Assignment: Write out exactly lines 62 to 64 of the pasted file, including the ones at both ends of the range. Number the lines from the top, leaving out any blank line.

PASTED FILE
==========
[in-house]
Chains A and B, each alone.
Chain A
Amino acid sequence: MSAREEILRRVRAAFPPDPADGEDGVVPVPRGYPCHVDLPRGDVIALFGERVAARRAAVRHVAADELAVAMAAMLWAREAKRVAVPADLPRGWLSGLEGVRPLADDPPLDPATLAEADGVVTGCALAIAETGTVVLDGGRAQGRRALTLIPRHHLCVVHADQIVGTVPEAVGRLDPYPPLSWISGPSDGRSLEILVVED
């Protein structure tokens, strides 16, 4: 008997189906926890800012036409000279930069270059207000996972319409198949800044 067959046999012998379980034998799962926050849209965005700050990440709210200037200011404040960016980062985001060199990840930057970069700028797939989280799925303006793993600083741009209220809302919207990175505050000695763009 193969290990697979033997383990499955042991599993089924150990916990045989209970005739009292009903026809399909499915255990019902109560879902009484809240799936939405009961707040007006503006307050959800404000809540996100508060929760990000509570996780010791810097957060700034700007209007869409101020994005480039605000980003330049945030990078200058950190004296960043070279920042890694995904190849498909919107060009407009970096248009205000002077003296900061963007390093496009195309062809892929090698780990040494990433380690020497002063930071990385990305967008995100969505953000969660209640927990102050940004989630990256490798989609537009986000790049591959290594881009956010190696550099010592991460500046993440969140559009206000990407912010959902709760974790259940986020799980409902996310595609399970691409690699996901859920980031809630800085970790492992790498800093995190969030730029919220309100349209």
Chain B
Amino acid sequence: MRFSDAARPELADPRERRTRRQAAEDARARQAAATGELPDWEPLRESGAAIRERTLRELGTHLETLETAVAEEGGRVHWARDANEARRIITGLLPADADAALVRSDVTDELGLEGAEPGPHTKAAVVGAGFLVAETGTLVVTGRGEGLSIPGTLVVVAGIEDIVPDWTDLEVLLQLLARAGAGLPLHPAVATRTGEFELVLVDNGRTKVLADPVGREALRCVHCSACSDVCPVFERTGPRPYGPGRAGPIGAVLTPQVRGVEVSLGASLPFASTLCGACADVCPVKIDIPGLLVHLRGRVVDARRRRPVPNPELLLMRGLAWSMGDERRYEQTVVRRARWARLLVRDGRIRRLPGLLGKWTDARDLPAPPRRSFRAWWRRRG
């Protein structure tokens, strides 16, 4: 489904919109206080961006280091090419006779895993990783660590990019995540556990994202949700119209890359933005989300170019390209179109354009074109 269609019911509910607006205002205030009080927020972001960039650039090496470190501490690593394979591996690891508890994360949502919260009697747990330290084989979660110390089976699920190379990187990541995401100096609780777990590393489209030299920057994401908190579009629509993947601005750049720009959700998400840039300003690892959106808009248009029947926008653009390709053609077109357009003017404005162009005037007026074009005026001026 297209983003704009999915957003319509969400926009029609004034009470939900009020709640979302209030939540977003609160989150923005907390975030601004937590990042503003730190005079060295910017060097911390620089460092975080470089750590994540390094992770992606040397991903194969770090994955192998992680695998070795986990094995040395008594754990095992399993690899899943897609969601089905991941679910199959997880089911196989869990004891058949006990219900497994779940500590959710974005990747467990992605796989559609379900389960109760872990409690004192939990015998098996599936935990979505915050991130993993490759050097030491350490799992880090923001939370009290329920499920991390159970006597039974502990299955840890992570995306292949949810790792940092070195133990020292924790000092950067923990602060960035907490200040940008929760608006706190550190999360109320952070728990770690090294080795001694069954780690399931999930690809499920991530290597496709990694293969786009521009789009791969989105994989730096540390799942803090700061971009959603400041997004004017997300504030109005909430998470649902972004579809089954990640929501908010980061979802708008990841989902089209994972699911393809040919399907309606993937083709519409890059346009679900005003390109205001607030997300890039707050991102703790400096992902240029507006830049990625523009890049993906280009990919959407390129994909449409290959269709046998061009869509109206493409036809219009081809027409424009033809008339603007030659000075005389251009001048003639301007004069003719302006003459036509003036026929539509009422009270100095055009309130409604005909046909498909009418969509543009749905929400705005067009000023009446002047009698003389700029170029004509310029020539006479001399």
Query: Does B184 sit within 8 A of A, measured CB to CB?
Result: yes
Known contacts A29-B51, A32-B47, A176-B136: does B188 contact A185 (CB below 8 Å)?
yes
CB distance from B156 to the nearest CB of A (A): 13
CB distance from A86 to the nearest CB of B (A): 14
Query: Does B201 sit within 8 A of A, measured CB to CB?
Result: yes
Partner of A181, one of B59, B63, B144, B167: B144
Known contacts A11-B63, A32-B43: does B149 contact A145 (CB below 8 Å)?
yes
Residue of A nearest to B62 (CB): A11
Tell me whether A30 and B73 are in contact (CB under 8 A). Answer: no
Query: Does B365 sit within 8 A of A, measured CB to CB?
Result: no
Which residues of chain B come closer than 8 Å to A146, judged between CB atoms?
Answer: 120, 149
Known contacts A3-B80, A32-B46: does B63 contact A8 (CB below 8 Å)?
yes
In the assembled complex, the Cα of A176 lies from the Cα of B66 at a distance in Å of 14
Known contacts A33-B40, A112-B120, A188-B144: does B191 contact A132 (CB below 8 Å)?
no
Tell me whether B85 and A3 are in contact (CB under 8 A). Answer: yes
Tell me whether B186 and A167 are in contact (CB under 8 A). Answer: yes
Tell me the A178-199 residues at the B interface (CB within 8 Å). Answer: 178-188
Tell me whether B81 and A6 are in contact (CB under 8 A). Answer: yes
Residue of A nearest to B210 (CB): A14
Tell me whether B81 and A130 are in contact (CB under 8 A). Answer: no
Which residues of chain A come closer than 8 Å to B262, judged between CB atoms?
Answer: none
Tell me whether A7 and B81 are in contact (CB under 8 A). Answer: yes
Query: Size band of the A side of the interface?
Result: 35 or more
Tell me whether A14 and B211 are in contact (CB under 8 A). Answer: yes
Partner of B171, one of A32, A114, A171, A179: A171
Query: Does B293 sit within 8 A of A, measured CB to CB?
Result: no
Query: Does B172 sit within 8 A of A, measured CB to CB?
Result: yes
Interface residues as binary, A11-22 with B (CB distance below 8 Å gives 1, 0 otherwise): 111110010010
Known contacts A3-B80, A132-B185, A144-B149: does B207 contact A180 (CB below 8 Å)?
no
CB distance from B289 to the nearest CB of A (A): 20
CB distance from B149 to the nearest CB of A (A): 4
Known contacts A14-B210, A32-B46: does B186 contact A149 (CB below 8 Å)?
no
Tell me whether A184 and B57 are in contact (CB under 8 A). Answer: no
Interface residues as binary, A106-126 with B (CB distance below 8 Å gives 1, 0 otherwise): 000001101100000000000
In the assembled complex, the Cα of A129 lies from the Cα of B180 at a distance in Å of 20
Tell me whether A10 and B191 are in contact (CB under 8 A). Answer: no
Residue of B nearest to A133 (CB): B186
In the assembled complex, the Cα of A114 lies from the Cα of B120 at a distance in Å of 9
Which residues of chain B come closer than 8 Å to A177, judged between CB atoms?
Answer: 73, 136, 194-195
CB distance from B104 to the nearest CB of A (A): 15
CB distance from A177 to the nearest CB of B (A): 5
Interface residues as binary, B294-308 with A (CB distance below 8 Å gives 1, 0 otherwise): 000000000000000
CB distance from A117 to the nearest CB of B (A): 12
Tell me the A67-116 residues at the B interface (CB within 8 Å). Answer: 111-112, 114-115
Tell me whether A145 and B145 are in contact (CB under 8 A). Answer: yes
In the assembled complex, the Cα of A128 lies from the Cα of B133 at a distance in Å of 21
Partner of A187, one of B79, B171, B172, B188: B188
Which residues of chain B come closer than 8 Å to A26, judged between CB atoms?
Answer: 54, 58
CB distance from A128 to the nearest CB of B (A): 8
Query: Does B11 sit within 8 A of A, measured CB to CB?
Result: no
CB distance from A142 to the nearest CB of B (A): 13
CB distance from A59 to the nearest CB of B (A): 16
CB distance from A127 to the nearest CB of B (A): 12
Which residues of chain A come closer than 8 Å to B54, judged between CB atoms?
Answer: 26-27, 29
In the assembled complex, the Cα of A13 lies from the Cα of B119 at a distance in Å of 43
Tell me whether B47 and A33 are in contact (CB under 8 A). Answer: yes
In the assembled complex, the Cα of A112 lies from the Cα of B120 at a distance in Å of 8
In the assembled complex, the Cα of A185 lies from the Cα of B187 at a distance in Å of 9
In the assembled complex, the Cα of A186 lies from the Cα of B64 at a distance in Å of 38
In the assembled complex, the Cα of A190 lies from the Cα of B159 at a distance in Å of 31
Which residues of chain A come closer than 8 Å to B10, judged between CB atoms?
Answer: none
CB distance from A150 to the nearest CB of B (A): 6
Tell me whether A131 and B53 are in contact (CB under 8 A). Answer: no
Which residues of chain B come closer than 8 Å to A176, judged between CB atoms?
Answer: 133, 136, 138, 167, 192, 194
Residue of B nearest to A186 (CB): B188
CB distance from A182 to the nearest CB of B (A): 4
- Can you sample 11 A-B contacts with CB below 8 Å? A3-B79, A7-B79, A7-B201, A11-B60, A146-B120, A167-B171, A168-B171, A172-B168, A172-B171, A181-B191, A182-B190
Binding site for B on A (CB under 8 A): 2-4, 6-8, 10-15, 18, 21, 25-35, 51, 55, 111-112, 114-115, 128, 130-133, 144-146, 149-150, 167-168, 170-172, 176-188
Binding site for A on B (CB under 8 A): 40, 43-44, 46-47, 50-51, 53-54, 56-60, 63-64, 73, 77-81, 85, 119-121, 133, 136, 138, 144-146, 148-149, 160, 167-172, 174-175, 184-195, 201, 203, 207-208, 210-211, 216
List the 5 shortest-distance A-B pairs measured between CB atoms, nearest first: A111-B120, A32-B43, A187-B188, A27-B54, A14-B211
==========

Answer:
Answer: 73, 136, 194-195
CB distance from B104 to the nearest CB of A (A): 15
CB distance from A177 to the nearest CB of B (A): 5